On Being with Krista Tippett

Matthew Sanford

The Body's Grace

Last Updated

October 19, 2023

Original Air Date

October 5, 2006

A wondrous, buried treasure from the 20-year On Being archive, with renowned yoga teacher Matthew Sanford. Be prepared, as you listen to what follows, to take in subtleties and gracefulness you’ve never before pondered — or tried to feel in yourself — in the interplay between your mind and your body.

Matthew has an immensely energetic physical presence. He has been paralyzed from the chest down since a car accident in 1978. But he likes to say that his experience is only more extreme, not so different, from that of everyone else. He’s written, “We are all leaving our bodies — this is the inevitable arc of living. Death cannot be avoided; neither can the inward silence that comes with the aging process.” Matthew’s intricate knowledge of that “inward silence,” which he was forced to befriend after the noisy connections which most of us take for granted were severed — it’s revelatory. So is his insistence that it’s not possible to live more deeply in your body — in all its grace and all its flaws — without becoming more compassionate towards all of life. And: if you do yoga, you will never think about what it is affecting inside you in the same way again.

Krista sat with Matthew Sanford in 2006, just after he’d published his beautiful book Waking: A Memoir of Trauma and Transcendence.


Image of Matthew Sanford

Matthew Sanford is the founder and president of Mind Body Solutions. He teaches yoga for all kinds of bodies, including adaptive yoga classes weekly, and holds regular virtual gatherings with people around the world. A video library of his teaching methods for yoga teachers is freely available. His book is Waking: A Memoir of Trauma and Transcendence.


Transcription by Alletta Cooper

Krista Tippett: What a joy it is to offer up a wondrous, buried treasure from the 20-year On Being archive. Be prepared as you listen to what follows to take in subtleties and gracefulness you’ve never before pondered — or tried to feel in yourself — in the interplay between your mind and your body.

Matthew Sanford has an immensely energetic physical presence and is one of the most physically whole human beings I know. And he has been paralyzed from the chest down since a car accident in 1978. But he likes to say that his experience is only more extreme, not so different, from that of everyone else. He’s written: “We are all leaving our bodies — this is the inevitable arc of living. Death cannot be avoided; neither can the inward silence that comes with the aging process.” Matthew’s intricate knowledge of that “inward silence,” which he was forced to befriend after the noisy connections which most of us take for granted were severed — it’s revelatory. The places we don’t feel in ourselves are graceful, he says, not lost. They’re not absence, they’re presence. “They’re part of your strength, your fiber.”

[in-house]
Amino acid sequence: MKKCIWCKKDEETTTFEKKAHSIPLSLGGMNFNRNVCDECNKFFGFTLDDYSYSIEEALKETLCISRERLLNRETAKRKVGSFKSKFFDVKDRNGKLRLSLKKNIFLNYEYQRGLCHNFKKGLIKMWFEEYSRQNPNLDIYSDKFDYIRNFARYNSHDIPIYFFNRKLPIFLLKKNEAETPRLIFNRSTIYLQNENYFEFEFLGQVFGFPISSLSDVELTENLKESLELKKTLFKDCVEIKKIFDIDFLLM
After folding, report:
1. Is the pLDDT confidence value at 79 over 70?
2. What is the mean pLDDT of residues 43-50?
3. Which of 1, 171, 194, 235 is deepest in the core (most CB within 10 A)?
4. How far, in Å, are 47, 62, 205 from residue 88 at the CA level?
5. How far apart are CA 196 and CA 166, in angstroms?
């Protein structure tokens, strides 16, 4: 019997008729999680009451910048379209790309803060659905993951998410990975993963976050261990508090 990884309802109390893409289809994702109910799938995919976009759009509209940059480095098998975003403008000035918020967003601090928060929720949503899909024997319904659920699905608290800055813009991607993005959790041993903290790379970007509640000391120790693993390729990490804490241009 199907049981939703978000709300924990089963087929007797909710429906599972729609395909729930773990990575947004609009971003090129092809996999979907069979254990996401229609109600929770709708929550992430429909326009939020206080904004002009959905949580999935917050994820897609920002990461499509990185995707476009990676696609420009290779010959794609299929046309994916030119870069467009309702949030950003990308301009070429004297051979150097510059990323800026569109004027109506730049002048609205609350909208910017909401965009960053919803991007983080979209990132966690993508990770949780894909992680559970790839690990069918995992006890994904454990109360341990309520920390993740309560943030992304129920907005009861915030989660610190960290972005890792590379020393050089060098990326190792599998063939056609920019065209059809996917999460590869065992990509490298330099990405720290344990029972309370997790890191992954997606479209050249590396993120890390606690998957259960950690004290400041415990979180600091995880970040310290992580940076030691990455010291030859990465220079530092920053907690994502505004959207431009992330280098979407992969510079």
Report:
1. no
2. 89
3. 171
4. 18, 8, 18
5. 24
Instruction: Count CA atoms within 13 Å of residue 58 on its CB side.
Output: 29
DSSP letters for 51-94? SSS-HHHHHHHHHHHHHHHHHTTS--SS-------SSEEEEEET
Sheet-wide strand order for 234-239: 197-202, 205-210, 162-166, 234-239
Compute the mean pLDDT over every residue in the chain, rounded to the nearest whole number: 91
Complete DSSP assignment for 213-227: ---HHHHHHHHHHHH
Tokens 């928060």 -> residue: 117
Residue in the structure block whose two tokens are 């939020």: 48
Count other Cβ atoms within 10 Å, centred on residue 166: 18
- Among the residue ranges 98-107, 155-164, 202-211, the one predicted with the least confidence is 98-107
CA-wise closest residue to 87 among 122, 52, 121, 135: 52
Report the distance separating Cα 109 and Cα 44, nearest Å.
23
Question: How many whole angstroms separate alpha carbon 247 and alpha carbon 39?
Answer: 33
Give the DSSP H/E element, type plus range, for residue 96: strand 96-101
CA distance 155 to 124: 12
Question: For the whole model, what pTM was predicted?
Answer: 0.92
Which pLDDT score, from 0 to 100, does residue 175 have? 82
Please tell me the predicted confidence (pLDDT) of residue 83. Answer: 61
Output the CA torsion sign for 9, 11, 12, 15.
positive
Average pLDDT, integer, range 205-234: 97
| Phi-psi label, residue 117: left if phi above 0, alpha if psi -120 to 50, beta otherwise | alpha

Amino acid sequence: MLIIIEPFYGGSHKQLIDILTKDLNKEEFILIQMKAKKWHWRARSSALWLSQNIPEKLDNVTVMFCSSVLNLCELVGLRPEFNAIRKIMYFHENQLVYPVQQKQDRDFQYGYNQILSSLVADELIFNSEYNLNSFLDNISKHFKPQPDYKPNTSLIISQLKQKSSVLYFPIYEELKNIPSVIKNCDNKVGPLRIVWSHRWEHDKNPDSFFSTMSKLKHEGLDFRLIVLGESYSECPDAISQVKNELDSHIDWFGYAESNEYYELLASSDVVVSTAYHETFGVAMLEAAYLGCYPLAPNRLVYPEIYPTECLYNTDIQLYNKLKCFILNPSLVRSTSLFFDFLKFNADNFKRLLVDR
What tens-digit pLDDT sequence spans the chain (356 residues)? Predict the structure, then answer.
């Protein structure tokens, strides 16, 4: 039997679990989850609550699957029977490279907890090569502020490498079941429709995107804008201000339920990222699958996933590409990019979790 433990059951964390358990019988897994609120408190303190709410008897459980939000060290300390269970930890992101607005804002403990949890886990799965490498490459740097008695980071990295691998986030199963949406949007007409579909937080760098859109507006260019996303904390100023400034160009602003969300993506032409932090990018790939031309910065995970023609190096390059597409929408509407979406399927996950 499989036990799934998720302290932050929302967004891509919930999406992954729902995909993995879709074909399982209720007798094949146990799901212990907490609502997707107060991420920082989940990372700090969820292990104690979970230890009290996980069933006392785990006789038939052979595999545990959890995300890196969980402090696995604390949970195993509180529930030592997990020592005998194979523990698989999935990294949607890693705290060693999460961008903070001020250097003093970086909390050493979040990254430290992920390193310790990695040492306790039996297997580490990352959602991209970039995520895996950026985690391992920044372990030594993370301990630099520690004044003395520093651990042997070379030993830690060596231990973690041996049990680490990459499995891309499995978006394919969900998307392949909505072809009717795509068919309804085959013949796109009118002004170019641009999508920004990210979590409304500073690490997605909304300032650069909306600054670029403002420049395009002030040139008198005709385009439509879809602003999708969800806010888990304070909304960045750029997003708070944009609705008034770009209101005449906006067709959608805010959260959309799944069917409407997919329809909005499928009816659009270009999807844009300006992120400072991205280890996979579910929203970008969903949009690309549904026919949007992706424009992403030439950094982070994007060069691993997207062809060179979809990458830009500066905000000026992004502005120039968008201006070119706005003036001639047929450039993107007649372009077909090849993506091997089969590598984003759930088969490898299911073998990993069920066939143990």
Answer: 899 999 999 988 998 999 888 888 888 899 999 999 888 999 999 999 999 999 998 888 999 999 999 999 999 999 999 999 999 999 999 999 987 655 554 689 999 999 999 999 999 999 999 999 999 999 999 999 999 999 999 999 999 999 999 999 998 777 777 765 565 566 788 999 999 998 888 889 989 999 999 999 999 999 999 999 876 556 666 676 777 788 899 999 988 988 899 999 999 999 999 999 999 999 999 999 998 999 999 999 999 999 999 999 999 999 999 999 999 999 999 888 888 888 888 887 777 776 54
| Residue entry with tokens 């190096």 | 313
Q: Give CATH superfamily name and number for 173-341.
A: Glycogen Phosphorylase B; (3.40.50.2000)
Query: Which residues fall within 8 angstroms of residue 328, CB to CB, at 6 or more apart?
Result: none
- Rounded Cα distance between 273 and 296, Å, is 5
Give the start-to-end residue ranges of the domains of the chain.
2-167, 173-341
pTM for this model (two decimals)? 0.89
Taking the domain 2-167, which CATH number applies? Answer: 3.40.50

And ever since this conversation, I have lived in an ongoing wonder at something else Matthew brought me to see in myself and in others: that it’s not possible to live more deeply in your body — in all its grace and all its flaws — without becoming more compassionate towards all of life.

Yoga was his path to that compassion and the wholeness he exudes, and he is today an acclaimed teacher of yoga for people in all kinds of bodies. This conversation in fact got me into yoga, which has so nourished my life. And if you do yoga, you will never think about what it is affecting inside you in the same way again.

[music: “Seven League Boots” by Zoë Keating]

I’m Krista Tippett, and this is On Being.

I sat with Matthew Sanford in 2006, just after he’d published his beautiful book Waking: A Memoir of Trauma and Transcendence.

Tippett: A lot of people have a good story, or a lot of people I’m talking with — even about a theme — their story is the backdrop, and I don’t always think the way to do the interview is to have them tell the story. But I actually think, with you, the story is the framework. And I want to jump in and ask you questions about what certain things mean, and conclusions you’ve drawn about big subjects, but I really think I just want to start with having you talk about what happened to you in your life that changed you so much — your accident.

Matthew Sanford: You mean, the actual details?

Tippett: Well, just —

Sanford: I struggle with this question, because everyone does, and I end up giving a litany of “here’s what happened, blah blah blah.” But…

Tippett: Well, just start the story, and we’ll see where it takes us. But how old were you when you were in the car accident?

Sanford: I was 13 years old. I was sleeping in the car when it happened, so that one of the reasons it’s called Waking is, it literally was “waking” to another life. We were traveling from Kansas City, Missouri, on the Sunday after Thanksgiving, because we spent Thanksgiving, every year, down with my mom’s sister. And we were driving home, and it was 31 degrees and misting, and it seemed like a harmless day. And we were coming up on a bridge and hit a patch of ice, “preferential icing” — and you hear about that in driver’s ed; I didn’t really know what that really was — but we just slid off the embankment. Went down, went, slid, tumbled, front to back, three times in the car. My father and sister were killed. My mother and brother — my brother just jammed his shoulder, and my mother got a bruise on her face, on her eyes. And I was — broke a lot of things: broke my back and my neck, both my wrists. So about as banged-up as you can be on an accident.